I didn’t want to not do the last NaPoWriMo prompt, even if a cento isn’t my kind of thing. This poem is entirely written by William Shakespeare.

Dreams of a dead lover

I dreamt there was an emperor,
His legs bestrid the ocean,
His face
A sun and moon.

Night hangs upon mine eyes, my bones would rest
Beneath the visiting moon.

A sea change
into something rich and strange—
Those are pearls that were his eyes,
A walking shadow.
Our lamp is spent.

As boundless as the sea, my love,
I owe more tears
To this dead man than you shall see me pay.
Here is my space.
Kingdoms are clay.

Sleep that knits up the ravell’d sleeve of care,
Sleep, that I might see but such another man.


A new life

This NaPoWriMo prompt didn’t spark much to begin with, gifts, talents, silver spoons, gratitude-type thing, until I stepped back, and saw a broader picture.

A new life

So many thousands
of short lives
one to the next
through turf smoke
mist rising from the river
and time

ghost hands bone-white
intangible as breath
hold mine
across time
and wild waves

tight as I hold yours
small person
of so much blood
and memory

next in the long chain
stretching forward
into the mists
breath of time

carrying the gift
of visions
in turf smoke.


After reading Kim Russell’s duplex sonnet, and seeing how something ‘poetic’ could be got out of it, I thought I’d give it another try. This is my version of it, for NaPoWriMo (again).


Where did it go,
the peace of evening glow?

At dusk the sky’s agleam,
reflected in the stream,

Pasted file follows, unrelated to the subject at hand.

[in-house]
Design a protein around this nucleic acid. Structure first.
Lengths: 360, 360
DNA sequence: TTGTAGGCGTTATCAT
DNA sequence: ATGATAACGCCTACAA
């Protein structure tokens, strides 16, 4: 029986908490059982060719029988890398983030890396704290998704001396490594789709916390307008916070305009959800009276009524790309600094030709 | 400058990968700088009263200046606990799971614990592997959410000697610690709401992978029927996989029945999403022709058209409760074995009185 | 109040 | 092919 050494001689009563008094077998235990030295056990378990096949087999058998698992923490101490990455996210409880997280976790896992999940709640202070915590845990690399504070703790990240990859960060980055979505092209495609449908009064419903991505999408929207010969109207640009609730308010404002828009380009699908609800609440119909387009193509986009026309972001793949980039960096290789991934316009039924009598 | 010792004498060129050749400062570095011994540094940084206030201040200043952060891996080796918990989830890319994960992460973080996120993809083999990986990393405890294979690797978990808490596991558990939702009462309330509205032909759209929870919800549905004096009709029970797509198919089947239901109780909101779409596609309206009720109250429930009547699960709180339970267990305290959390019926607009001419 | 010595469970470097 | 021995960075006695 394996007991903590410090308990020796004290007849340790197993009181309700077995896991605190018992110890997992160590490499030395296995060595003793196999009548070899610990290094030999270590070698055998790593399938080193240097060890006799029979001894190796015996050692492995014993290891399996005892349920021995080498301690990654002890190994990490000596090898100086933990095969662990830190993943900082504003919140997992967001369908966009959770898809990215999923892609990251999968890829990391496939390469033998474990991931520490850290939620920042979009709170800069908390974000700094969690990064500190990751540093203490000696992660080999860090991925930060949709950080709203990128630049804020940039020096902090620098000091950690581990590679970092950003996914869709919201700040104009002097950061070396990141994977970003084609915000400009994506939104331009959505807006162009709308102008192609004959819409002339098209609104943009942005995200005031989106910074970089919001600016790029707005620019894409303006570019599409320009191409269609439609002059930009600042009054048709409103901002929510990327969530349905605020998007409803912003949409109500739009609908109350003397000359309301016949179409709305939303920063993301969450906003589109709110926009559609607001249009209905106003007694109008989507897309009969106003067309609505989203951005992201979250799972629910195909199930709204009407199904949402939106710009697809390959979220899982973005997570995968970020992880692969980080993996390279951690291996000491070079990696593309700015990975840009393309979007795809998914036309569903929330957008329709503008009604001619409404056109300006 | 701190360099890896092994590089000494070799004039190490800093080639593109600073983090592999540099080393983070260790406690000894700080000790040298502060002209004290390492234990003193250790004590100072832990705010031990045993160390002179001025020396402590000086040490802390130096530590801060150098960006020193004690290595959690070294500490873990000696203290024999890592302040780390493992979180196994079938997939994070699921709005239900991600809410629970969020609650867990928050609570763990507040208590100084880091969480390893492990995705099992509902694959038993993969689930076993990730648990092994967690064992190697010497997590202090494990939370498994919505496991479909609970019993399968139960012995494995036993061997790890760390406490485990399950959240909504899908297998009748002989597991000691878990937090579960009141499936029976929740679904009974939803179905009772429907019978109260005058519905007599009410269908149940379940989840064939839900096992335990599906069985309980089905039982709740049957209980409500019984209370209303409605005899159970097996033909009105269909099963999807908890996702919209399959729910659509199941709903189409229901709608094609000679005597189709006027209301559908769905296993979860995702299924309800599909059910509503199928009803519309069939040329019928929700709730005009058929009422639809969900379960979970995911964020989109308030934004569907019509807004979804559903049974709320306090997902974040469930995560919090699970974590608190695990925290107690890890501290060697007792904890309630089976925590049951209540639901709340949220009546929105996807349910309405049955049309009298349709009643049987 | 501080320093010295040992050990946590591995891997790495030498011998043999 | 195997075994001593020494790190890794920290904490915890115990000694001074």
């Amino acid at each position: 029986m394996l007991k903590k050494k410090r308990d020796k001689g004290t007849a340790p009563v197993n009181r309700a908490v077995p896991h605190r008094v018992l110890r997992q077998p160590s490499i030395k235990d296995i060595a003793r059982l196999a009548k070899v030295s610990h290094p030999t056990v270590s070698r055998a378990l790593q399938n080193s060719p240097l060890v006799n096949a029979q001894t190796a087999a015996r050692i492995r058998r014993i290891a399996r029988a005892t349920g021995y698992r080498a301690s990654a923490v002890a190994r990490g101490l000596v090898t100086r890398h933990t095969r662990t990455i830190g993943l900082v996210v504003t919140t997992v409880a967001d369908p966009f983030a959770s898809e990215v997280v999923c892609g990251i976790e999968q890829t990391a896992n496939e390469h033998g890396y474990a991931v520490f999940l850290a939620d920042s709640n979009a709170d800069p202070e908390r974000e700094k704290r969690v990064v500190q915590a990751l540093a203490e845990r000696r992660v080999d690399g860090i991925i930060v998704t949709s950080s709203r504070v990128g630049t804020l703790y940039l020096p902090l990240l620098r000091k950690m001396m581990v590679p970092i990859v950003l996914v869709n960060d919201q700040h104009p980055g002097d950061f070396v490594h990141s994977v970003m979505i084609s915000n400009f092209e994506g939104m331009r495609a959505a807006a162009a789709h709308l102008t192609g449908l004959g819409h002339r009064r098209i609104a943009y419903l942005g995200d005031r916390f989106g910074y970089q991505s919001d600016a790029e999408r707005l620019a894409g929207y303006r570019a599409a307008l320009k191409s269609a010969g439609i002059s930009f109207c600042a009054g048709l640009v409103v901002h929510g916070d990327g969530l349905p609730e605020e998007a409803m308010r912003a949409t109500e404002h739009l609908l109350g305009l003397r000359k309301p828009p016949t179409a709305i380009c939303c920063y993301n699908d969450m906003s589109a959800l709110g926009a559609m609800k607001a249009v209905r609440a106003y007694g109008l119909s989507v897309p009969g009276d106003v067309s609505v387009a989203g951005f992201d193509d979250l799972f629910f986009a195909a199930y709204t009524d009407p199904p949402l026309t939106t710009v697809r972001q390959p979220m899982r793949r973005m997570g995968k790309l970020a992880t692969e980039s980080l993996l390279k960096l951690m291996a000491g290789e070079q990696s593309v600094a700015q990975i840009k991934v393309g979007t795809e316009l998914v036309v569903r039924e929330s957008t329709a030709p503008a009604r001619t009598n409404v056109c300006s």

where mirror-silver runs with glitter,
shadowed by the flutter-flitter

of uneasy blackbird wings,
yet still he sings.

Birdsong fills the blowing trees,
whispering in the evening breeze,

the paper-rustle of evening sedge,
the gentle calm of winter’s edge.

Peace once fell after the snow,
where did it go?

Ferdinand’s ghost

Yesterday’s dverse prompt was to write a sonnet or any other poetry form, incorporating the title of one of Shakespeare’s plays. Today, the NaPoWriMo prompt is to write a duplex sonnet. Too good a coincidence to miss, but since I didn’t warm to the duplex option, here is an ordinary sonnet with Shakespearean overtones.

Painting by John William Waterhouse.

Ferdinand’s ghost

An overarching of sky of bird’s egg blue,
A sward of grassy green and golden light,
All swallowed by the rising storm, the hue
Of kelp, that heaves, a restless sea of night.

Like scraps of feathered day, the crow flock flees,
Wings black as space among the swirling clouds,
Torn from the ragged shrouds of ghostly trees
That heave and sway like huddled fearful crowds,

Who watched the tempest wreck the ship that broke
Upon the gale’s dark teeth. Its timbers sank
Into the deeps; the bridegroom never woke,
A linceul now his diamond raiment, rank.

Full fathom five, your prince, the dead man lies,
No tears fall from those pearls, his only eyes.

Beyond the rim of the world

This poem was written with the visual images for tomorrow’s poetry challenge for Paul Brookes. It fits the NaPoWriMo challenge for today too well not to post it now.

The painting is Dante Gabriel Rossetti’s A vision of Fiammetta.

Beyond the rim of the world

The dark half of the year is ended, she said,
and her voice was water murmuring
in the stream, the wind in new leaves,
and the fluting song of the orioles.

The light half of the year is begun, she said,
and green flows an ocean girdling the world,
a haze of golden buttercups, and beneath,
the galleries and burrows team with unseen life.

The light half of the year is upon us, she said,